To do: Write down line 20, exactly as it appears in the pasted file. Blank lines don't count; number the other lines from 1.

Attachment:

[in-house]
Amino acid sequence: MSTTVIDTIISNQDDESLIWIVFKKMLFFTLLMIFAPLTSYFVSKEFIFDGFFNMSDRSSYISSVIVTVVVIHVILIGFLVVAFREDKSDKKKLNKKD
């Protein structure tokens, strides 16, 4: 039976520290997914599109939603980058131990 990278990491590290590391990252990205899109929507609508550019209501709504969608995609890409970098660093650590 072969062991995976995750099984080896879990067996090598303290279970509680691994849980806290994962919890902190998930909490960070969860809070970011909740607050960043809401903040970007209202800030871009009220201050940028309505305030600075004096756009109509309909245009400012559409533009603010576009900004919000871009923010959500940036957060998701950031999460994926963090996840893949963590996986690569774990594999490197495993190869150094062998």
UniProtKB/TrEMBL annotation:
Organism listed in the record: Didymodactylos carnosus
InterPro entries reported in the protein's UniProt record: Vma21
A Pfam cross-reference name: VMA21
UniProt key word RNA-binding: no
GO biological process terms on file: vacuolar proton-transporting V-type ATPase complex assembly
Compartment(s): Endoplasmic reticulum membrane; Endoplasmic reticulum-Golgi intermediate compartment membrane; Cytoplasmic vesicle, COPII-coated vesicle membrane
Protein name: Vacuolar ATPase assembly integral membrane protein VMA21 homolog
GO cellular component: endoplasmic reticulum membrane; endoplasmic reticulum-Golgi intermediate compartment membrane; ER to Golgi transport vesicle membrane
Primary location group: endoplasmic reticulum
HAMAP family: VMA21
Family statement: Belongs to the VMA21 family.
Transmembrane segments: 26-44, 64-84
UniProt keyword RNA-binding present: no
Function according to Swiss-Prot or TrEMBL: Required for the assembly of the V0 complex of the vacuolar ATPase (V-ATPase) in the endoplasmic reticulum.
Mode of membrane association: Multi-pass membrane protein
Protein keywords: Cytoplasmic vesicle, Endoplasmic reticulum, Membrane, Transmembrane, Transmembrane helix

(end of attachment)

Protein keywords: Cytoplasmic vesicle, Endoplasmic reticulum, Membrane, Transmembrane, Transmembrane helix